tmate is a fork of tmux for easily setting up a remote pairing session. When using normal tmux, I have the following configuration so that new panes and windows remember the previous working path:
I recently tried remote pairing in tmate for the first time.
It was confused as to why my new panes and windows were opening in the top level
/ instead of the previous pane’s path.
It turns out that
pane_current_path is a tmux 1.9 feature, but tmate is based on tmux 1.8.
There’s some talk of a 1.9 version, but it seems to have been delayed.
The workaround I’ve found is to use
-c "$PWD" instead.
Make sure to use double quotes so that it gets interpolated.
You can add that to
~/.tmate.conf to override the existing setting in
Looking things up online while coding is now so common that we take it for granted. Need to check the parameters for that method call? Just Google it. How do you configure that library? Check the README on GitHub. What does that obscure error mean? Look it up on StackOverflow, someone else has probably already solved it.
But there will be times when you want to code, and you don’t have an Internet connection. You might be on a 14-hour plane trip – what a great way to do some coding without distractions! But then you discover there’s some critical piece of documentation you need, and you can’t make any progress without it.
So the next next day, you head to a local coffee shop, and connect to their WiFi. But you soon discover it’s slow and unreliable. You return to your hotel, and discover there’s a huge surcharge for in-room WiFi because it’s priced at business travellers with expense accounts.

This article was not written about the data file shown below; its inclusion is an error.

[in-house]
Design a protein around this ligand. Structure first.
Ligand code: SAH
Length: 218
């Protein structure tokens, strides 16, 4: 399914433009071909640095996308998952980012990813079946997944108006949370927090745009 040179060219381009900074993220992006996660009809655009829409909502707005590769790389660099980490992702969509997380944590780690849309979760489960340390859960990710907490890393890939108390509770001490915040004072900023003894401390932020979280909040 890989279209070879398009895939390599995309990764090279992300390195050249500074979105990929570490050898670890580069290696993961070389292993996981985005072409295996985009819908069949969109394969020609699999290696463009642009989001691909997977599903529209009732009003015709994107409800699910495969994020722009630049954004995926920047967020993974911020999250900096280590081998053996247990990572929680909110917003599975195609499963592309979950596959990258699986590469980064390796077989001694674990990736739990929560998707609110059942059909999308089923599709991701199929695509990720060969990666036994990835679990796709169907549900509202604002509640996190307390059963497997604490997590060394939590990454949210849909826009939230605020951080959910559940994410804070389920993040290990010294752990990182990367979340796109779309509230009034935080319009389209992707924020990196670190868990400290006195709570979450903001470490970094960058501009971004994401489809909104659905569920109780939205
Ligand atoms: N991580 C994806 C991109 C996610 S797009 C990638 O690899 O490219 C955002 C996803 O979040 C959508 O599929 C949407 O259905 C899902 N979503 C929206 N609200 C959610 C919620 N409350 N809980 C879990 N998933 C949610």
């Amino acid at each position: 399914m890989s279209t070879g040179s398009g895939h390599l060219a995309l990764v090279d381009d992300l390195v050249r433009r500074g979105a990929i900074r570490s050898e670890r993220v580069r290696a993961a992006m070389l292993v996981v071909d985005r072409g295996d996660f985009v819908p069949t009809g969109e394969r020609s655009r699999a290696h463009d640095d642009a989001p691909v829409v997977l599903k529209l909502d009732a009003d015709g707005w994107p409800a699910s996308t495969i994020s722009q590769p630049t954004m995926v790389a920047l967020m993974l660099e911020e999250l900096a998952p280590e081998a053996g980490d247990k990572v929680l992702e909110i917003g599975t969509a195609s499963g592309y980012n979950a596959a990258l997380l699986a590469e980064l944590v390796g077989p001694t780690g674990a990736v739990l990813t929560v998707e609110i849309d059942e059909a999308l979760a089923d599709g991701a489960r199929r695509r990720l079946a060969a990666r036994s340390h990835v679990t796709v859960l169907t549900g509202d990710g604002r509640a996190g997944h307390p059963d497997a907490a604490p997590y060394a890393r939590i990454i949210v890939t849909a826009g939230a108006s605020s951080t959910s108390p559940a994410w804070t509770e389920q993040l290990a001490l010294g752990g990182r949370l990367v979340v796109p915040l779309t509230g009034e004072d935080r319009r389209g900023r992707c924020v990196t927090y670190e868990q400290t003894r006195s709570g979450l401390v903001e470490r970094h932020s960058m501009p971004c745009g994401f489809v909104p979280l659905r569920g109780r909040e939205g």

So in desperation you buy a local SIM card, add some credit, and tether your phone to your laptop. But you discover the 3G network doesn’t have good coverage in the part of town you’re in. Web pages keep timing out causing endless frustration.
But it doesn’t have to be this way. In this post, I’ll show some practical tools and techniques to turn coding offline into a viable practice. Even if the above situations don’t apply to you, it can sometimes be good to disconnect on purpose to avoid all the interruptions and distractions that being online brings.
Many of us learned the hard way that
rmdir are unforgiving. There’s no Trash to recover from, and there’s no undo.
There are many legendary stories involving
rm -rf disasters.
In time you learn to be wary of using those commands, but once in a while you’ll screw up and delete something you shouldn’t have.
There are a few articles about how to alter the behaviour of
rm so that it moves to the trash instead of permanently deleting. But this is dangerous if you happen to be using a different machine which doesn’t have this behaviour enabled.
A better option is to install rmtrash (also available via Homebrew). The
rmtrash command can be use to delete both files and directories, and as the name suggests it moves the files to the Trash instead of parmanently deleting them.
If you really need to call
rmdir then just provide the full path, e.g.
You can then alias the actual
rm commands to give you a reminder warning, for example add this to your
Over time this should get you into the habit of typing
This change might cause problems with shell scripts which use
rm. I’m not really sure how to deal with that. It may be sensible for the alias to return false to indicate the command failed.
Reference: Apple StackExchange post
TableXI are based in a spacious loft-style office in the West Loop area of Chicago. The place has lots of nice touches highlighting the history and culture of the company, such as the recreation of their logo using just pins and string: